‘Iconic’ Queensferry Crossing to open this week

All pictures reproduced courtesy of Transport Scotland. The Queensferry Crossing is to open to traffic this week A view of the new bridge from the Port Edgar Marina.
All pictures reproduced courtesy of Transport Scotland. The Queensferry Crossing is to open to traffic this week A view of the new bridge from the Port Edgar Marina.

Residents are gearing up for a week of celebrations as the Queensferry Crossing finally opens.

The new £1.35 billion structure will begin handling all vehicles on Wednesday and Thursday before shutting again to allow 50,000 balloted visitors the unique opportunity to walk across on September 2 and 3.

Credit: Ian Jacobs

Credit: Ian Jacobs

The day after sees the official opening of the world’s longest three-tower cable- stayed ridge by HM The Queen, with activities taking place on both sides of the Forth.

The ceremony will include a welcome address from the First Minister, a blessing by the Moderator of General Assembly of the Church of Scotland and live performances showcasing a cross-section of Scotland’s rich musical talent.

Groups around the bridge will also receive the once in a lifetime chance to walk the Crossing on a community day on September 5.

Another 10,000 people from 13 schools and groups in the area are to have their shot before the bridge is re-opened to traffic with no pedestrian access a day later. There will also be funding for South Queensferry to host events, entertainment screening the celebrations and a flotilla on the Forth in the run-up to and during the opening on September 4.

Credit: Ian Jacobs

Credit: Ian Jacobs

Alan Platt, construction director of the project, said: “It’s a massive achievement for British and Scottish engineering. It’s an icon right on your door step, it’s a landmark, it provides connectivity to people and it’ll probably improve tourism.

“It’s a fantastic project which has been almost completed in record time from inception to opening in 10 years is very unusual as normally these things take 20 to 25 years. I think for most of us working on this bridge it will be a crowning achievement in our careers.”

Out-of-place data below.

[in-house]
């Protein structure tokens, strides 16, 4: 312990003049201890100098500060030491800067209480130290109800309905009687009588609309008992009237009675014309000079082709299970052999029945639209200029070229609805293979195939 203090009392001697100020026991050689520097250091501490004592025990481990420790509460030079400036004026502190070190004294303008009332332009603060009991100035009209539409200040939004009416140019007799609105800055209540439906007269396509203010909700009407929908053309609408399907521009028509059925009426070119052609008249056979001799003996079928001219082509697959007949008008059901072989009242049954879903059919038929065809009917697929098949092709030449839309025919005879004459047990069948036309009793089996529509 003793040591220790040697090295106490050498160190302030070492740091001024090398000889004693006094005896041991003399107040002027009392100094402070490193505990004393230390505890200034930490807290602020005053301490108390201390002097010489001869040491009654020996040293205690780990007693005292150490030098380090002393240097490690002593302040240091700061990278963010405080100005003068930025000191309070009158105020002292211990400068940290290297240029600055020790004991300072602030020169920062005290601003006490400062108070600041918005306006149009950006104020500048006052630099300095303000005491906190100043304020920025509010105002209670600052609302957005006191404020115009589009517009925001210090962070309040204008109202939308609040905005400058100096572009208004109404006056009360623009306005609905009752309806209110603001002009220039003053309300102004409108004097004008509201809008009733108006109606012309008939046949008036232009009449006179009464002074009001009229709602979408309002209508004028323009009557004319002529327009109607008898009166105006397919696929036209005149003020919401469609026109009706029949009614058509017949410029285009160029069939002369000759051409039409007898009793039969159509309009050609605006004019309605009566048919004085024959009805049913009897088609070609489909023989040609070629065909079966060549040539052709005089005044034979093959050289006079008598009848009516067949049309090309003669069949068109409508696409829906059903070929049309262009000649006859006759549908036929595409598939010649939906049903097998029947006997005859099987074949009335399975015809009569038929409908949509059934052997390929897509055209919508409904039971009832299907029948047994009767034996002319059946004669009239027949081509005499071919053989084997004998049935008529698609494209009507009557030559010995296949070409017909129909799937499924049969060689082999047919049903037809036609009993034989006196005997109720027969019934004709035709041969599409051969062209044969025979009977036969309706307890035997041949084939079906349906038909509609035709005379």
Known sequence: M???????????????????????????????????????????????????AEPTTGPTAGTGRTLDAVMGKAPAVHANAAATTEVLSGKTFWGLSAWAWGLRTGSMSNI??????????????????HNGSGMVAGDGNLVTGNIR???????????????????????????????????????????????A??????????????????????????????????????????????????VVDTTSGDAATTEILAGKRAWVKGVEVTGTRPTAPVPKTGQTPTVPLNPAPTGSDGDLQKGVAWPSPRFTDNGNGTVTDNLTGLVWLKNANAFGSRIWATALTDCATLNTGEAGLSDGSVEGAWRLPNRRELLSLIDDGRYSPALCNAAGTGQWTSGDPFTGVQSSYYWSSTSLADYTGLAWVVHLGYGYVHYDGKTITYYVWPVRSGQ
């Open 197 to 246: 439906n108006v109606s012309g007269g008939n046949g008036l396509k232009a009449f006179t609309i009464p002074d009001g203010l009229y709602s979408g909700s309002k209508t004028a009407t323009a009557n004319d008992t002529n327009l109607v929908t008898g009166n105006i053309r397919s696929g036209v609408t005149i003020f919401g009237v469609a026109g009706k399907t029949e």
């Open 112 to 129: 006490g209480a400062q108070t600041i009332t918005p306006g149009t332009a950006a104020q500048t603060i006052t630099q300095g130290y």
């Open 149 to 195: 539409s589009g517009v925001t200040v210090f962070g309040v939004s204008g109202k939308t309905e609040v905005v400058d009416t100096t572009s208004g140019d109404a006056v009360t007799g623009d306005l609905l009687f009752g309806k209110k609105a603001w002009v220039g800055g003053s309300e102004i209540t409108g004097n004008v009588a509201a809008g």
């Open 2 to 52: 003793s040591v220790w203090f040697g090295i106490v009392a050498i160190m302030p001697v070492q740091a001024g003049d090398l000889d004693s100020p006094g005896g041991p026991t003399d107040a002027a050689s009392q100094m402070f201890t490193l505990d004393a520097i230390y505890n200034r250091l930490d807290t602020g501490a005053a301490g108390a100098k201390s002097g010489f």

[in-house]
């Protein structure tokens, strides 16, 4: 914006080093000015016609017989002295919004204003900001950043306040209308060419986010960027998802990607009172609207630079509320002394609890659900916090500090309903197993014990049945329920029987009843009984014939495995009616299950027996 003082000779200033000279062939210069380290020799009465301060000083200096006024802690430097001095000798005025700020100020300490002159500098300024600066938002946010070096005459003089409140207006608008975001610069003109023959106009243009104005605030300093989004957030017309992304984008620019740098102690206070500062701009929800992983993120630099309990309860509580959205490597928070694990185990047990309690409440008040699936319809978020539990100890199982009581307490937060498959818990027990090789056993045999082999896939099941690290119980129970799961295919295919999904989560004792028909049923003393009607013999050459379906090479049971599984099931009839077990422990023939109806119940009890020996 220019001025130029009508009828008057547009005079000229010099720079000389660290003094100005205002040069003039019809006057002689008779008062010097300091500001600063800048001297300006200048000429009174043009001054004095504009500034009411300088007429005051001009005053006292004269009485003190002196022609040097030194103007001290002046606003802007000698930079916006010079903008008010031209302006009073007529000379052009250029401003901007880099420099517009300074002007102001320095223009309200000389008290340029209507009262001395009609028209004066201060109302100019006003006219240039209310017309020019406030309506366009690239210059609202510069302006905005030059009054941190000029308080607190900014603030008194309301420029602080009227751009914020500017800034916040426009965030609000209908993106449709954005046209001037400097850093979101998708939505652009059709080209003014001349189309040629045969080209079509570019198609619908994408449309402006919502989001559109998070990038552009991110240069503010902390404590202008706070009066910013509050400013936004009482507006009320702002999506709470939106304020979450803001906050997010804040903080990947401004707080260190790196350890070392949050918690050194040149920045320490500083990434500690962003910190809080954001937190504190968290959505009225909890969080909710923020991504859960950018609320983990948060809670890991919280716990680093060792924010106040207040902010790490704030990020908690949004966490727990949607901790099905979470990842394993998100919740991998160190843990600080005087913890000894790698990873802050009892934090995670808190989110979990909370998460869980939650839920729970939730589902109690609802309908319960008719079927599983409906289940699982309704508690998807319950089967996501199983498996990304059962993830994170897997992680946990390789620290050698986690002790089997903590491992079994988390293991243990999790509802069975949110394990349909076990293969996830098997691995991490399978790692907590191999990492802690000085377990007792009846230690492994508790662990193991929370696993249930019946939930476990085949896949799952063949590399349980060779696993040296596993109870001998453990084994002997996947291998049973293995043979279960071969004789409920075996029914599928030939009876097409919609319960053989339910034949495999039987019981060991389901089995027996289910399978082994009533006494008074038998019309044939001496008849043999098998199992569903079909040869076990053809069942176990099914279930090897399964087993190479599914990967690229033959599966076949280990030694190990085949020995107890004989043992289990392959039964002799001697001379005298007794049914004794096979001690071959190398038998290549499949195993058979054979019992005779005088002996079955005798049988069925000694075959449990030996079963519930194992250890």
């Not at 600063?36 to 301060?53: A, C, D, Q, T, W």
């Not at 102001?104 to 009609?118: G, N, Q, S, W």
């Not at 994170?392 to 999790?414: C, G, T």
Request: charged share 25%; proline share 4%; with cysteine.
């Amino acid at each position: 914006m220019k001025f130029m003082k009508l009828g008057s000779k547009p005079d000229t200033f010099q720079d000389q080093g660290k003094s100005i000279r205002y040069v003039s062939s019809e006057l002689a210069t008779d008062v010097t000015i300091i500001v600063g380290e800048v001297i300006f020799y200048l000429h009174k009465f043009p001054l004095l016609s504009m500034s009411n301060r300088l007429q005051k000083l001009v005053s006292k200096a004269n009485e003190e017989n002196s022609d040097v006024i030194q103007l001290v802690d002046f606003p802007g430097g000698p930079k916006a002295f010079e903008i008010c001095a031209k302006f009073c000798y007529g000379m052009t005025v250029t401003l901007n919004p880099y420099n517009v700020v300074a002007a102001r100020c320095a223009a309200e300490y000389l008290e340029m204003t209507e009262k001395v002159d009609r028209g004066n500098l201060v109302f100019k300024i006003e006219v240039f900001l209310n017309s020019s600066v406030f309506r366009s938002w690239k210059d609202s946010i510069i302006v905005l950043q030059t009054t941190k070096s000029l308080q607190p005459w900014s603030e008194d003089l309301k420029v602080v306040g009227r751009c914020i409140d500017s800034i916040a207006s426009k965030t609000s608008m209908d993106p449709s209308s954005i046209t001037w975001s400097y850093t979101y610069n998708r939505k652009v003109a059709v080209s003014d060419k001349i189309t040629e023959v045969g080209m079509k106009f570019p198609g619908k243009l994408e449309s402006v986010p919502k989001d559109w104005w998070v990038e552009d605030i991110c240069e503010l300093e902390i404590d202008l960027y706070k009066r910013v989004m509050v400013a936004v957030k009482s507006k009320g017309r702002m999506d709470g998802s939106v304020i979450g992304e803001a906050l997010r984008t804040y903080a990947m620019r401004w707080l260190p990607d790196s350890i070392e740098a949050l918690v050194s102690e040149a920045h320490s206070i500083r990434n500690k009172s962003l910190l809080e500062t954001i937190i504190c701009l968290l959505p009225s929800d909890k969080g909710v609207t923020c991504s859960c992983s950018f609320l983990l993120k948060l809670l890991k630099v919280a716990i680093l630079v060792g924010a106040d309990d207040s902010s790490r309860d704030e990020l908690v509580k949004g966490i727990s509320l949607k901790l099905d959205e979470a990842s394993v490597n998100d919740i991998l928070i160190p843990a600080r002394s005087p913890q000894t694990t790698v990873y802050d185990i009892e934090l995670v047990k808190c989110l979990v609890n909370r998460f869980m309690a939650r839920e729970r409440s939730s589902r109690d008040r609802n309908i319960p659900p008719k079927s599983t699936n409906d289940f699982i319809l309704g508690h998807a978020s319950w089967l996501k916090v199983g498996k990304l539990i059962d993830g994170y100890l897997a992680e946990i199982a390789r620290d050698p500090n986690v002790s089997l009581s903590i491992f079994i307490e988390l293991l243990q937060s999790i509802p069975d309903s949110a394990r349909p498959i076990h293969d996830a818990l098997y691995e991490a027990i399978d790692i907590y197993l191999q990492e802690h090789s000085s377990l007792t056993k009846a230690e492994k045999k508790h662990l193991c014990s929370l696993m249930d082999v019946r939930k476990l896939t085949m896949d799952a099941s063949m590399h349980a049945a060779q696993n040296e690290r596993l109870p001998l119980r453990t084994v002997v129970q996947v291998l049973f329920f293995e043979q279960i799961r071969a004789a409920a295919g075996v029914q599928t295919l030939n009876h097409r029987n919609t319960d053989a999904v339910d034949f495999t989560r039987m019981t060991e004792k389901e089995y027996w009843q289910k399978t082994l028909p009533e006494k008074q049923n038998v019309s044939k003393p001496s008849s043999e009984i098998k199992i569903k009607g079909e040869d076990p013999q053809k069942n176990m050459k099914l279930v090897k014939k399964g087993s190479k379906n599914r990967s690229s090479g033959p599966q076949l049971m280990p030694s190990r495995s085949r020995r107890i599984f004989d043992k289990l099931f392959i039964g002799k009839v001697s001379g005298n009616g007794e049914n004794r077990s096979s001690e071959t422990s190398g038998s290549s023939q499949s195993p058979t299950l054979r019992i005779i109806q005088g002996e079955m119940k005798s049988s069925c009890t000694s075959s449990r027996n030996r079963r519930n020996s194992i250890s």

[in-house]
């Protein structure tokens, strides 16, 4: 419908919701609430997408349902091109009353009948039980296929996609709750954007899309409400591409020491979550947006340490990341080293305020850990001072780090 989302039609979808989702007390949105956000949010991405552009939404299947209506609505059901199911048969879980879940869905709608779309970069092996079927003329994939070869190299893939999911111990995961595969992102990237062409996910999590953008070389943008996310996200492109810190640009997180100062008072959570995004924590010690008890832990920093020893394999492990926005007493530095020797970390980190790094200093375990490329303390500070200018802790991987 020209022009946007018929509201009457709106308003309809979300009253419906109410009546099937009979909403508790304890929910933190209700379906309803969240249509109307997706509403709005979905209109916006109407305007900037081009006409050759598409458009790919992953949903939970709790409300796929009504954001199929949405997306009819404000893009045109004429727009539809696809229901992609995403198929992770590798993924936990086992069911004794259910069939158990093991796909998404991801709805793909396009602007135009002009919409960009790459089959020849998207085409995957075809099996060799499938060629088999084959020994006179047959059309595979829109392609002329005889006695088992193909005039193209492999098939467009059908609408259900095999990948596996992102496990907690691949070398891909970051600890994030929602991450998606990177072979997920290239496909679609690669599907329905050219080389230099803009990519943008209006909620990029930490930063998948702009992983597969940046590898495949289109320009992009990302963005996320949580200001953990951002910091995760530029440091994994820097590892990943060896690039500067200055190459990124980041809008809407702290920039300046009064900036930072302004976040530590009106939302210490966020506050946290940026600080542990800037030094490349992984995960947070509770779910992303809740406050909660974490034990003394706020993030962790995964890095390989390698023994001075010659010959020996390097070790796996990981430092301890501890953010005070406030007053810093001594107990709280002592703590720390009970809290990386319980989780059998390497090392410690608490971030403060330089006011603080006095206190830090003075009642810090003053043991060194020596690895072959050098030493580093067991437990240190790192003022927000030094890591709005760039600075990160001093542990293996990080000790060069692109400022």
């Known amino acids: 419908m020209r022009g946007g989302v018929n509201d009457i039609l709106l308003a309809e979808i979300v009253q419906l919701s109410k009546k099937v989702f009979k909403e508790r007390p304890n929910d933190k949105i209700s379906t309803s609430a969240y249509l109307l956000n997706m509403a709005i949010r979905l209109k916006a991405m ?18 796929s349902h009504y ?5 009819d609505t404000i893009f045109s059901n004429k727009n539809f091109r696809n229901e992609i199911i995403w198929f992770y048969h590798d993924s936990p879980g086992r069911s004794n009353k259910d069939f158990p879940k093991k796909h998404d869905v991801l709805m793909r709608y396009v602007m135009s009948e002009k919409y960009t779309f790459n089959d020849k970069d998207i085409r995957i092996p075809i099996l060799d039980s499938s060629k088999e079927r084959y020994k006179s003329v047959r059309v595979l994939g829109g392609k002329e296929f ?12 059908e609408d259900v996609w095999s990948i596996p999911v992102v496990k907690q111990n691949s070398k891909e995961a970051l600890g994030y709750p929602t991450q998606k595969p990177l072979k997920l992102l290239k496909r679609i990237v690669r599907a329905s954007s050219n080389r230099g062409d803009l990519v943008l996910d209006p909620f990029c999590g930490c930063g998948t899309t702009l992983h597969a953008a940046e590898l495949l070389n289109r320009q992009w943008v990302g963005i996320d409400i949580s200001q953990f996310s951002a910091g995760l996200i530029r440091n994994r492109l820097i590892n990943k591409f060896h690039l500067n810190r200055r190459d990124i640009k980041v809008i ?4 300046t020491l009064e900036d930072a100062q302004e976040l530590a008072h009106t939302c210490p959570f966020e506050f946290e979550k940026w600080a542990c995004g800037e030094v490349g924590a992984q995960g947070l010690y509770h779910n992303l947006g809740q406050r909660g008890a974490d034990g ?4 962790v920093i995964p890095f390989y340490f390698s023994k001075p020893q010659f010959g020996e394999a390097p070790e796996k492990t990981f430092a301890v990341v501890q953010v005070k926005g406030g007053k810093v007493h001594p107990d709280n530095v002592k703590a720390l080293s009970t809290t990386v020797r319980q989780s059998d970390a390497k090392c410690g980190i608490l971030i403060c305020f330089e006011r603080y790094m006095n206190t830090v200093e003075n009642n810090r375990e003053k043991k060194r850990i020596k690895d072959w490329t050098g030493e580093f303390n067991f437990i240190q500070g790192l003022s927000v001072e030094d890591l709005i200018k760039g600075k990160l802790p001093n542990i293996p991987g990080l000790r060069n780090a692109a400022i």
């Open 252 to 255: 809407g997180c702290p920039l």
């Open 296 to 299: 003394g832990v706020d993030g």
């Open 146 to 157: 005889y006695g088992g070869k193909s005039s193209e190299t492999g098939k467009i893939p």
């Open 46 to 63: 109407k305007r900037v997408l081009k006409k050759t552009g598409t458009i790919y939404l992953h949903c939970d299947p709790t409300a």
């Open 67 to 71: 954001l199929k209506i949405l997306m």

The director admitted there were a number of challenges to overcome including the weather which hampered progress on the bridge, delaying the opening date twice. There were more than 18 million man hours spent on constructing it and 12000 people involved during the course of the project.

However, it is also a poignant time for the team as they reflect on the loss of one of their colleagues John Cousins (60) who was tragically killed in April 2016 after he was struck by the boom of a crane.

A petition on change.org requesting a memorial to honour him was signed by over 3000 residents.

It was confirmed that there will be a plaque to the banksman from the Northumberland area and his family will also be able to walk the 1.7 mile bridge.

The construction director said: “I’ve been in consultation with the family and they have said they are happy wuth what we are going to do.

“The plan is a memorial on the north side but under the road bridge looking out towards the Queensferry Crossing. I guess that will be finished this year.

“The family are walking over the bridge. It will be a emotional time for the family. In a way I was surprised that they wanted to come on a day that most people are celebrating but they insisted so we have facilitated that.

“It’s pretty close to all our hearts, it is the worst thing that could have happened on the project if there was anything we didn’t want to happen it was for somebody to die during the construction.

“It is emotional for everyone and certainly from the point of view of respecting the family’s privacy we’re not revealing any details of when they are going to be here.”